Anna Smaill’s Debut Novel Communicated Through Music
New Zealand poet Anna Smaill’s debut novel The Chimes, reviewed in the Independent, is “dystopian fiction but not quite as we know it.”
“Smaill draws on her training as a classical violinist to create a world where people communicate via music,” Lucy Scholes writes.
“The sound of a great instrument – the Carillon – fills the airwaves morning and night. ‘Matins’ tells ‘Onestory’, the ‘bass’ of life: an account of the ‘dischord’ that shattered the world – the break between then and now, and the time when the old ways, the written word and memory, were banished. Then at ‘Vespers’ it is ‘Chimes’: ‘Solo and forte, strong enough to bring you to your knees, put you in your place. Different every time, and always changing.’
“Simon Wythern arrives in the city following the death of his mother, alone in the world bar the bag of ‘objectmemories’ – the things infused with now forgotten personal significance every person keeps close. He falls in with a band of mudlarks who scour the ‘under” – the tunnels beneath the city – for nuggets of palladium, the material with which the Carillon is made. At first there’s no before; his days are kept in tune by the regularity of Onestory and Chimes – ‘the world is shown in perfect order in the music. There is no space for any other thought” – and his ‘bodymemory’, the muscle memory that allows for daily routines and work. Then, slowly, he starts to remember why he came to London in the first place.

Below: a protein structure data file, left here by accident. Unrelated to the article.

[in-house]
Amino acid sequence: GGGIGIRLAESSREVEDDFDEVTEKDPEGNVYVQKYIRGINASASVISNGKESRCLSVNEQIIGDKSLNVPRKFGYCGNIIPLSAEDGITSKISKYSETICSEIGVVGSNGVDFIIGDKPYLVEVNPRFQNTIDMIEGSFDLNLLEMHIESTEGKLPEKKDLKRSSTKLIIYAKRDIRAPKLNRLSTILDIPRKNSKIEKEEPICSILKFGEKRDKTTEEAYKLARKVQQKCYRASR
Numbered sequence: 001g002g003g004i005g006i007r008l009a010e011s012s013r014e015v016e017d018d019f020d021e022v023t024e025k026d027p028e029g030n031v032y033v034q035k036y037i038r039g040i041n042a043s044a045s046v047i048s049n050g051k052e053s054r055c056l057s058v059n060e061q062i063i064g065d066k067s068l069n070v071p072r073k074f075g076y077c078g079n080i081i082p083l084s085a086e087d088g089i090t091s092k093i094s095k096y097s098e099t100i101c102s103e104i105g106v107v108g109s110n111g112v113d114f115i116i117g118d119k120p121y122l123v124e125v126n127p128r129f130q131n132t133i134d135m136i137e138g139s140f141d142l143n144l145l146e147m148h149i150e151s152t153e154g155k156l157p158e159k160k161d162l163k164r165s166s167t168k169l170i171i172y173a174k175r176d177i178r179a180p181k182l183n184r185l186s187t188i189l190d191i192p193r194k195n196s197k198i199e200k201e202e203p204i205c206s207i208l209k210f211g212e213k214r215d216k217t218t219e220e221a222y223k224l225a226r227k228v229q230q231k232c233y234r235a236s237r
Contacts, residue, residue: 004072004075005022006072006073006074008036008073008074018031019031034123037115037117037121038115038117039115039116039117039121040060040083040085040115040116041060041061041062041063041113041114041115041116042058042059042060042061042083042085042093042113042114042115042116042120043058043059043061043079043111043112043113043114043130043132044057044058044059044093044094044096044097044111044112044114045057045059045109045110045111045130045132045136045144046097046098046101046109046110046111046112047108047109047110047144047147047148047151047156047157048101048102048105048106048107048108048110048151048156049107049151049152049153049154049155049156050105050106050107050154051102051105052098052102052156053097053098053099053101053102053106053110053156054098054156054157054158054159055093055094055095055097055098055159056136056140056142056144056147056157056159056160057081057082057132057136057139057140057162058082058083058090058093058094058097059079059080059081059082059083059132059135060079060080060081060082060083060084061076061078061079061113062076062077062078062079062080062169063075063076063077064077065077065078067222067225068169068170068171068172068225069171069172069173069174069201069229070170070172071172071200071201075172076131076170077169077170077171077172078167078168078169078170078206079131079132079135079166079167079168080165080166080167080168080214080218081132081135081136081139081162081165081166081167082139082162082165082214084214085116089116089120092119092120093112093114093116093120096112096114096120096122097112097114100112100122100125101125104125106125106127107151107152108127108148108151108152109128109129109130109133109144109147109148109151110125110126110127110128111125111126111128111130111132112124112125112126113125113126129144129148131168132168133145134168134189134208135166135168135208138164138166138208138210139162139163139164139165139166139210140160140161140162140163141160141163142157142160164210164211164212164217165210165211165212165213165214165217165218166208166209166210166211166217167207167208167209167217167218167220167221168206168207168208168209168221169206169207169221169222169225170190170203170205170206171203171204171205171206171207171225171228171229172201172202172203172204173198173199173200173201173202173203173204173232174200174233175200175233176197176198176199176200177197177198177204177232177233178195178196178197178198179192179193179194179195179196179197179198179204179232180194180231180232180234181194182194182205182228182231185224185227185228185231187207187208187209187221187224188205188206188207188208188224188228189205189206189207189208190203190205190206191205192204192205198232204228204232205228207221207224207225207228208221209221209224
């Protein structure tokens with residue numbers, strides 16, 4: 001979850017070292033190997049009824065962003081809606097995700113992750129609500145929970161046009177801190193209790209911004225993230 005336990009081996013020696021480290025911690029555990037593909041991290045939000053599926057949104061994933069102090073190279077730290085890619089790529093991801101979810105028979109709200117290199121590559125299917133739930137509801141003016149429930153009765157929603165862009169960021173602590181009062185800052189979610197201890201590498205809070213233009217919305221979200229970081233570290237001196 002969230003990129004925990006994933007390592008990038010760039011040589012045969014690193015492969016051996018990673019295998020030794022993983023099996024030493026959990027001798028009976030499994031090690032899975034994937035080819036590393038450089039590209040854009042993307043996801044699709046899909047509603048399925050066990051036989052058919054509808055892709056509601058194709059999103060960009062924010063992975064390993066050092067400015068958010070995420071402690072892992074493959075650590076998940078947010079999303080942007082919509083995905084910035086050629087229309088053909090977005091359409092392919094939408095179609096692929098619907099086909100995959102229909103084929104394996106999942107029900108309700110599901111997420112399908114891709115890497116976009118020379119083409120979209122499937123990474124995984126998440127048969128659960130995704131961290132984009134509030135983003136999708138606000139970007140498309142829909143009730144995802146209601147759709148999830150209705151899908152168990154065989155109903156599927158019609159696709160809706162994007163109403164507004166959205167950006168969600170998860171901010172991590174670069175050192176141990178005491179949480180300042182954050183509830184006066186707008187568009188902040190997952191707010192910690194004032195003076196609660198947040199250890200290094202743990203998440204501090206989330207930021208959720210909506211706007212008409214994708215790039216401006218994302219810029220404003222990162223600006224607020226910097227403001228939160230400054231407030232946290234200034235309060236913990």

“There are certain similarities with Philip Pullman’s Northern Lights trilogy, not least because the city of Oxford plays an important role, and as such Samantha Shannon’s Bone Season series is also worth a mention – it’s a similar story of the repression of the masses from a central stronghold of power and intellect.”
Smaill was born in Auckland in 1979. She holds an MA in Creative Writing from the International Institute of Modern Letters at Victoria University of Wellington and completed a PhD at University College London.
Original article by Lucy Scholes, The Independent, February 12, 2015.
Photo by Natalie Graham.